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R51 sale of South African Airways terminated

South Africa terminated a deal to sell a controlling stake in its flagship airline, after failing to agree on a value and other terms after three years of negotiations, Public Enterprises Minister Pravin Gordhan said.

The government had planned to dispose of 51% of loss-making South African Airways (SAA) to the Takatso group, which is made up of closely held Global Airways and private equity firm Harith General Partners, but the talks were called off, Gordhan told reporters in Cape Town on Wednesday.

“SAA will revert to be 100% owned by the state,” he said.

“We are convinced that SAA can sustain itself in the next year to 18 months, and that there are various other ways in which immediate financing can be obtained. But at no stage will SAA will get money from the fiscus,” after a number of government bailouts.

Gordhan, the 74-year-old former finance minister, had made the successful privatization of SAA a central goal while running the ministry overseeing state enterprises. He plans to retire after national elections scheduled for May 29.

Coronavirus Hit

SAA was on the verge of being liquidated when the state entered into talks to sell the stake.

The prospects of a revival took a hammering during the coronavirus pandemic, when global air travel ground to a near-halt. The carrier’s assets were valued at just 2.4 billion rand at that time.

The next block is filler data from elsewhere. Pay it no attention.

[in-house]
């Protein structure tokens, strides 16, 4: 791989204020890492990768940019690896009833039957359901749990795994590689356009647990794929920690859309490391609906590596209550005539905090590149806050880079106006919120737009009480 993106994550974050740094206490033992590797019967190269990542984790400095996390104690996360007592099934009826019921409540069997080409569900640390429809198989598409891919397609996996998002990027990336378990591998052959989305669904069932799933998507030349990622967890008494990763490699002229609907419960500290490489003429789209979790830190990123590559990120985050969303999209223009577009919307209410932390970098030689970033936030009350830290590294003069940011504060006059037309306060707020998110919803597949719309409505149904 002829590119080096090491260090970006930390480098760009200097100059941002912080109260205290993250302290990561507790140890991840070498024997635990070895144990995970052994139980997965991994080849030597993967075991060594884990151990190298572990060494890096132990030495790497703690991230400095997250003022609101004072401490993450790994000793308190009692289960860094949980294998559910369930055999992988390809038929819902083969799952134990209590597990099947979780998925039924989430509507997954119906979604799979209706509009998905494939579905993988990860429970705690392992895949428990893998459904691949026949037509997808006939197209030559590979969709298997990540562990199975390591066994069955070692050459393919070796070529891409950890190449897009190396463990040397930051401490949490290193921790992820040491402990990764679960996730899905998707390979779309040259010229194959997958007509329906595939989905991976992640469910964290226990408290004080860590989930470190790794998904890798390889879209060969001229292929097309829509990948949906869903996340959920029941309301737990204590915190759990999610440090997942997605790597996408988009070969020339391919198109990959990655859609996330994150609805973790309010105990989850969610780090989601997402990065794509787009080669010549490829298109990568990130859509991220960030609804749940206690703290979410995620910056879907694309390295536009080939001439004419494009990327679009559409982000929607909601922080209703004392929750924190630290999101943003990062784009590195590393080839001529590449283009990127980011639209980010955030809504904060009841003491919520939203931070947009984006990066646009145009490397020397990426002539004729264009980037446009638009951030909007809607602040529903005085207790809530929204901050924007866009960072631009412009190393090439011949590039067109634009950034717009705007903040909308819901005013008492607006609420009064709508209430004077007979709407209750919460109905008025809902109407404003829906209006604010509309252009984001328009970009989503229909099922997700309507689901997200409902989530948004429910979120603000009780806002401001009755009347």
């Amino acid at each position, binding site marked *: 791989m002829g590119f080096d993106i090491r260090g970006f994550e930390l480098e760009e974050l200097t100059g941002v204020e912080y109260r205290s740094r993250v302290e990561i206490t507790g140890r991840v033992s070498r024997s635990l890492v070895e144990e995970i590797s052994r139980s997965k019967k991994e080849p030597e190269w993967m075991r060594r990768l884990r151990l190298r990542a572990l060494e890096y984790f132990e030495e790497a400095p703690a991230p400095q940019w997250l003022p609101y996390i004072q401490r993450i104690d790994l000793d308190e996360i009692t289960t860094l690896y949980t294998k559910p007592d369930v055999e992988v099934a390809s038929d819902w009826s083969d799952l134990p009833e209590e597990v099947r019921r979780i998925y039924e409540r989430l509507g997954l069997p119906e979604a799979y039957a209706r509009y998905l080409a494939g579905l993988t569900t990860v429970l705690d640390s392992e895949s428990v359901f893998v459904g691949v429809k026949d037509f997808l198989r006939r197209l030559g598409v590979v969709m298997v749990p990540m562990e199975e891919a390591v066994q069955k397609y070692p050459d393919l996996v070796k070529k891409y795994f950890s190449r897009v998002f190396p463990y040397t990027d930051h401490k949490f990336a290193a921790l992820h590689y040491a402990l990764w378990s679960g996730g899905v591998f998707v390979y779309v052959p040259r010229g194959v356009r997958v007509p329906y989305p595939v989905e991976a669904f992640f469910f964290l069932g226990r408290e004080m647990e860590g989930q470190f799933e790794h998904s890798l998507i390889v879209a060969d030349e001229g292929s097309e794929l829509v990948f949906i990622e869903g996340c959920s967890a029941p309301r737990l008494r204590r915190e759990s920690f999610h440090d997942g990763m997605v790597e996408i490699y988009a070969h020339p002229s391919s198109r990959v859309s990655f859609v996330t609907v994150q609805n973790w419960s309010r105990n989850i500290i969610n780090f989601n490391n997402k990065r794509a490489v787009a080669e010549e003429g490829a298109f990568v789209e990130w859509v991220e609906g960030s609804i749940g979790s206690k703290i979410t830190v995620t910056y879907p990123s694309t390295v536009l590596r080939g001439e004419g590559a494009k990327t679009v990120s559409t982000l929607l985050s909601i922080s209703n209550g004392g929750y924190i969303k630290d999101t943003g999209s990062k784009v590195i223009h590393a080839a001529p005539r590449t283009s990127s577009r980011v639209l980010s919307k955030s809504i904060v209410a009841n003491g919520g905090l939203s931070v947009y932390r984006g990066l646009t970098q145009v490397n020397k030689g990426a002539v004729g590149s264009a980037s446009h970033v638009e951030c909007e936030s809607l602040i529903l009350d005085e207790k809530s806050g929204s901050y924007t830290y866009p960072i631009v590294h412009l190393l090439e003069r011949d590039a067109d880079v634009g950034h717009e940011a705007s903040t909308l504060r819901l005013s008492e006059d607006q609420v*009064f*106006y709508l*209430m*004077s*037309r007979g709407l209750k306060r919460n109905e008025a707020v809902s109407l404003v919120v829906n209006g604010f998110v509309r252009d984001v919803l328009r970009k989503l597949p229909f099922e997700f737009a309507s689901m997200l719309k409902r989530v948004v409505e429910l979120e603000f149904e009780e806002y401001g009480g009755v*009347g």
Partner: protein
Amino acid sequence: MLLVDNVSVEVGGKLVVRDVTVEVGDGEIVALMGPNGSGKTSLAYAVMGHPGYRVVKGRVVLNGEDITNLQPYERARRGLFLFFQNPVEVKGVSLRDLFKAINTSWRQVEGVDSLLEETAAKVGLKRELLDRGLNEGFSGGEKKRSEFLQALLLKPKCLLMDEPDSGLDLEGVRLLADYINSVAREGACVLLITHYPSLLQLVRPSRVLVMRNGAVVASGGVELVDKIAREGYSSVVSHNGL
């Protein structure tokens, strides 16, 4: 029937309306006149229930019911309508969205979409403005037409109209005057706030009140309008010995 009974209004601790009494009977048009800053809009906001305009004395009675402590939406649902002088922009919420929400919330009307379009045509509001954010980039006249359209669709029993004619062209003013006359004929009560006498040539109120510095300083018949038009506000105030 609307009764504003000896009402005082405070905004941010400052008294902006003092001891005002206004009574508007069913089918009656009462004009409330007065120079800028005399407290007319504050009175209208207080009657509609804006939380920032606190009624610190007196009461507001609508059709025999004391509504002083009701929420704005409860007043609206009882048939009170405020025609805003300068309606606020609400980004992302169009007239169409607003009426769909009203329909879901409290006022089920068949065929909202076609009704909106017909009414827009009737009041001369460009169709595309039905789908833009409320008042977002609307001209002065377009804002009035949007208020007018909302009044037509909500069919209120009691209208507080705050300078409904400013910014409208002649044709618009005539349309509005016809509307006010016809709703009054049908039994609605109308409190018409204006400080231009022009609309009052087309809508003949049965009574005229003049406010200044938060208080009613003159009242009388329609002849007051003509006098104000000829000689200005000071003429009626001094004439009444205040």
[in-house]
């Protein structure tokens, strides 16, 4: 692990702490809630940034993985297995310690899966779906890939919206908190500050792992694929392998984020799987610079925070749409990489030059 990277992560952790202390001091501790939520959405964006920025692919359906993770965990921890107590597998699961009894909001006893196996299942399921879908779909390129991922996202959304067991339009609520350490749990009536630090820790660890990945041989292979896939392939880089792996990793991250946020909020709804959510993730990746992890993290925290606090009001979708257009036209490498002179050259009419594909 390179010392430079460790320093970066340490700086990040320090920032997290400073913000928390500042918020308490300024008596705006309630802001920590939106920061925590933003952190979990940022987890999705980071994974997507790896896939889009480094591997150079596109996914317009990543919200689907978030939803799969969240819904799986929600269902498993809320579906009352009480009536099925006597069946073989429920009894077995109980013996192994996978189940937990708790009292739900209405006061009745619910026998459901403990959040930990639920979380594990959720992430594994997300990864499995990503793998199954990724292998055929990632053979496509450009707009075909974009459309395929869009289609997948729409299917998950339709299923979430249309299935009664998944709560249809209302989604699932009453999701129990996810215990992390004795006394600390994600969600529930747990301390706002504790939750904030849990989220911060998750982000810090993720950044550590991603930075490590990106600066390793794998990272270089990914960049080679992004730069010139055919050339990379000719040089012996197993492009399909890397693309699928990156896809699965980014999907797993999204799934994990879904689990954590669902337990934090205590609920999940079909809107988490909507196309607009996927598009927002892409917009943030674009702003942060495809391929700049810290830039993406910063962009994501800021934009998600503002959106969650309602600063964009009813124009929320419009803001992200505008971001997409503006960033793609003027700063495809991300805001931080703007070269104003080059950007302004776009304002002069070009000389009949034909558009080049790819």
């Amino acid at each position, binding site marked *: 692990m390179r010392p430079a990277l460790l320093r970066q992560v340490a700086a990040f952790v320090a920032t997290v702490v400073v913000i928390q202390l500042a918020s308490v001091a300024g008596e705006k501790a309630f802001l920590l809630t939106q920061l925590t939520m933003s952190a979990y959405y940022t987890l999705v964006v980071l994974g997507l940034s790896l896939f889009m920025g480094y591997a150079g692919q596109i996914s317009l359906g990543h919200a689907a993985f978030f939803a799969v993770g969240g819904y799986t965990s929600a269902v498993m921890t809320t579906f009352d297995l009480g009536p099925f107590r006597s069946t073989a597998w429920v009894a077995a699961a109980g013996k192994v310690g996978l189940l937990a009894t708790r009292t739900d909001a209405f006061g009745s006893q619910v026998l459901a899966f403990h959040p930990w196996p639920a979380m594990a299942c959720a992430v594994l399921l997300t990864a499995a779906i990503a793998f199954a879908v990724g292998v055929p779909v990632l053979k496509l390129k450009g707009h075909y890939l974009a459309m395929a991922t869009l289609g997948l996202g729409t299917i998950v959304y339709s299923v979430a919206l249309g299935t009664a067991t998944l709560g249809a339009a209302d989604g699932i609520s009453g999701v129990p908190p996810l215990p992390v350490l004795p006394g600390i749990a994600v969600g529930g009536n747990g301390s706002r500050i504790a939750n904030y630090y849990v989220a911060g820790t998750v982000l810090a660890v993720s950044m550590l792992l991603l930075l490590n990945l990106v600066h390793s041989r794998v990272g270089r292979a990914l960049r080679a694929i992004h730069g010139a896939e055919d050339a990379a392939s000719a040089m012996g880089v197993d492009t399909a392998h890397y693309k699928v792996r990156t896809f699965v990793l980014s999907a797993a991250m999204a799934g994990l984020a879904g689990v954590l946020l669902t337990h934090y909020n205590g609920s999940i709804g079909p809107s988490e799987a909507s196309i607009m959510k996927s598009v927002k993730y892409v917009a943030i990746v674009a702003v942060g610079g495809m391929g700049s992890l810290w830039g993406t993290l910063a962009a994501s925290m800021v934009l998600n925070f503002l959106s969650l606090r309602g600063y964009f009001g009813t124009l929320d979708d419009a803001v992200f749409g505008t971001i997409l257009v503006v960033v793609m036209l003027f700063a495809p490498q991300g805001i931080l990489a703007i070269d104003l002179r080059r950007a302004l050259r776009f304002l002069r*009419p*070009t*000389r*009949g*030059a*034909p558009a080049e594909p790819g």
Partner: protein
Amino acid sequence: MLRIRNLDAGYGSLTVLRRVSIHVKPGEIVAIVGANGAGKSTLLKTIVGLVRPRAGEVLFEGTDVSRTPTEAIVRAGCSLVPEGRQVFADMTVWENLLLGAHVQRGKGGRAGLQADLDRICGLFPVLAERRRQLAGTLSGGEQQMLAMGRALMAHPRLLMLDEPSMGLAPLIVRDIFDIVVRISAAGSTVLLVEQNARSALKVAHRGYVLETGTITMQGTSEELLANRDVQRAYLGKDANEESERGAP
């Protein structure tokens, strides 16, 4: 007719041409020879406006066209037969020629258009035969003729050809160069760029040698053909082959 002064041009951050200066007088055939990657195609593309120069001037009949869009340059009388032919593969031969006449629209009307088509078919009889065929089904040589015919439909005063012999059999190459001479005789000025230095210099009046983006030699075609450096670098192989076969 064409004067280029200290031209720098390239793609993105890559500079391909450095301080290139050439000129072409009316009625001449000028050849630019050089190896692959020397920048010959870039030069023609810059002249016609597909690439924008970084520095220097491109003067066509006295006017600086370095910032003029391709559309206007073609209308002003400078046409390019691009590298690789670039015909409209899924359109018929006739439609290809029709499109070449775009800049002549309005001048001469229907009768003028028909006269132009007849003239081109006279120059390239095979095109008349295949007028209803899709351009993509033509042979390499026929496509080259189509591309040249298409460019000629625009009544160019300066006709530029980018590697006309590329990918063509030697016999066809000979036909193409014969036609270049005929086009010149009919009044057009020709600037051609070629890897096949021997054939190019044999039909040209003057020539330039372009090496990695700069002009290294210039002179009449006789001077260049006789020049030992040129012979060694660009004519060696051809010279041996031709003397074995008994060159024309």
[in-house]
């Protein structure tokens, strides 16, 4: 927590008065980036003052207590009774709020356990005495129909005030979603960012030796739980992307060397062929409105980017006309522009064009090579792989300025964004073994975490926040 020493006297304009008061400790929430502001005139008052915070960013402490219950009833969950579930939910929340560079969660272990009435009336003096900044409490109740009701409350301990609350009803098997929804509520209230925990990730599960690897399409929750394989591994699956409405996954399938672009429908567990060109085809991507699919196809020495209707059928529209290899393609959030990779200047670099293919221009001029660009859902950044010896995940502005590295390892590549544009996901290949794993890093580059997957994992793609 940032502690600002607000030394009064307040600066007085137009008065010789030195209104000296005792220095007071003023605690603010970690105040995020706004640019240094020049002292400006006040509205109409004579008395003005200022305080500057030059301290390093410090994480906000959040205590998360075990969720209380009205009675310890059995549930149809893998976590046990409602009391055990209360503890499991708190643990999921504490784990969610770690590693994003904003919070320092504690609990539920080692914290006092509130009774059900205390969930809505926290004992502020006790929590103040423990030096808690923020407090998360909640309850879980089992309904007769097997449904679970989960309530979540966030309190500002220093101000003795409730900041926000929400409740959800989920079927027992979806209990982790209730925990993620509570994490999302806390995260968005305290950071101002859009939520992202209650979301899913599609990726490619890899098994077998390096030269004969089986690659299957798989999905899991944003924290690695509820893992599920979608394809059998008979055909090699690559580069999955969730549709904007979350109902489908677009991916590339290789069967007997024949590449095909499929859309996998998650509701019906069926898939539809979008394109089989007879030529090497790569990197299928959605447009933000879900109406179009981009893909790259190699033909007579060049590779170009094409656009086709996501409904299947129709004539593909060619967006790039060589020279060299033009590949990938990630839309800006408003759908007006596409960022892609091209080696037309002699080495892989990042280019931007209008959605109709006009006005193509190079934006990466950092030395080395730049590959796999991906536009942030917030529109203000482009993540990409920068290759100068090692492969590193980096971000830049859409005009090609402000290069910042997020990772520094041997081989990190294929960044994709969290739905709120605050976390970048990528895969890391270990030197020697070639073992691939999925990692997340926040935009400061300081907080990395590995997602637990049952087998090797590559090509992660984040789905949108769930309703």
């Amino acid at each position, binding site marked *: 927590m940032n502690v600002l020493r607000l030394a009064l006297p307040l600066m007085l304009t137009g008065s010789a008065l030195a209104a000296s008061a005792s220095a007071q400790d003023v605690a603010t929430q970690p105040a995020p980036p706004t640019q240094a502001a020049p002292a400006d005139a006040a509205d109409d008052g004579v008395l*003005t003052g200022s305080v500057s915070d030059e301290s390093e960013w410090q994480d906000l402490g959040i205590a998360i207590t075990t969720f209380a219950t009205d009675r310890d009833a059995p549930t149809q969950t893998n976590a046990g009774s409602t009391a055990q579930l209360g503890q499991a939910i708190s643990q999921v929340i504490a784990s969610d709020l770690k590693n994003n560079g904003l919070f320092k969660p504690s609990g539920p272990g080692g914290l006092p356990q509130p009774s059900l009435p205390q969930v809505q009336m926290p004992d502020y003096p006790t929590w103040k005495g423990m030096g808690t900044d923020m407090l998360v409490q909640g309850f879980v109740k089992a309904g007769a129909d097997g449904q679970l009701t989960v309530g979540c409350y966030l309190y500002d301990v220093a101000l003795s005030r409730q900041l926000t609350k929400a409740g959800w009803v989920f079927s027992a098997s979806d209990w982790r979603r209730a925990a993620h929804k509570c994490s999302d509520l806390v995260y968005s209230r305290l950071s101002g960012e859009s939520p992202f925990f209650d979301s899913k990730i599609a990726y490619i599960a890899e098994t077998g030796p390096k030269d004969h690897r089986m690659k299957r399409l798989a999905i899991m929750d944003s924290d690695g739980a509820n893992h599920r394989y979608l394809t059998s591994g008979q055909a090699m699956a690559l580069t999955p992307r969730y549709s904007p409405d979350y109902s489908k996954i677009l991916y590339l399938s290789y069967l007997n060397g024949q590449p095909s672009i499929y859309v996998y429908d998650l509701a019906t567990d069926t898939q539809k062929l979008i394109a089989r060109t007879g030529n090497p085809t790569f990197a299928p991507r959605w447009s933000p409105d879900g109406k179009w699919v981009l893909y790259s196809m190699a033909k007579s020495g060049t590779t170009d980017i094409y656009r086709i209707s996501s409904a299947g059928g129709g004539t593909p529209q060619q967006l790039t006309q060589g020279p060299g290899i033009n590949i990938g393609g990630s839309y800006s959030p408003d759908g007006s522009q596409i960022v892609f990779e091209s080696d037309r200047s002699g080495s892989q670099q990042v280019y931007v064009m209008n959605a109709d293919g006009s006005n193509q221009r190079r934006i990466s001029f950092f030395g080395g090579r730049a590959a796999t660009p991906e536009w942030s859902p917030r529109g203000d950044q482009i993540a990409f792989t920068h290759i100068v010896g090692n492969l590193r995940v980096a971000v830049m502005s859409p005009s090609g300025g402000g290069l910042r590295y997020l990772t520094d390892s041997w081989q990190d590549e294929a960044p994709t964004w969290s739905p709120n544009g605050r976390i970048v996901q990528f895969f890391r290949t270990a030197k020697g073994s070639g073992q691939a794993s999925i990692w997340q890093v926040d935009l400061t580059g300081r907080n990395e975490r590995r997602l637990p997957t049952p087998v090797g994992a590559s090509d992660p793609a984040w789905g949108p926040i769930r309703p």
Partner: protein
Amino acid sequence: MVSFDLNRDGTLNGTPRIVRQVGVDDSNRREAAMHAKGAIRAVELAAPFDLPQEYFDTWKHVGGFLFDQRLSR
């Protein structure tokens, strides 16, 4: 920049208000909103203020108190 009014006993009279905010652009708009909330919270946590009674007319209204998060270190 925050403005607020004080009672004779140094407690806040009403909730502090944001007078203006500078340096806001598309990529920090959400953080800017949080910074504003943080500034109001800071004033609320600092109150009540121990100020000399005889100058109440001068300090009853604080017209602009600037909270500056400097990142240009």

Its fortunes have improved over the past three years, and the business was subsequently determined to be worth 1 billion rand and its buildings at 5.1 billion rand, meaning the government wouldn’t get fair value if it proceeded with the sale deal, the minister said.

Takatso said the original transaction had been renegotiated and the revised terms were no longer considered to be in its shareholders’ best interest.

“All work and negotiations on the proposed transaction have ceased. Neither party will be required to pay the other a termination fee or other consideration as a result of the mutual decision to terminate the agreement,” it said in a statement.

“It is in our respective best interests to move forward independently.”

New Routes

The collapse of the deal, first announced in June 2021, is a blow to the government’s efforts to sell off non-core state entities and bring state debt under control.

The government is open to SAA entering into other partnerships or code-sharing deals, which would be negotiated by its board, according to Gordhan.

He envisions the carrier adding more routes and leasing additional aircraft.

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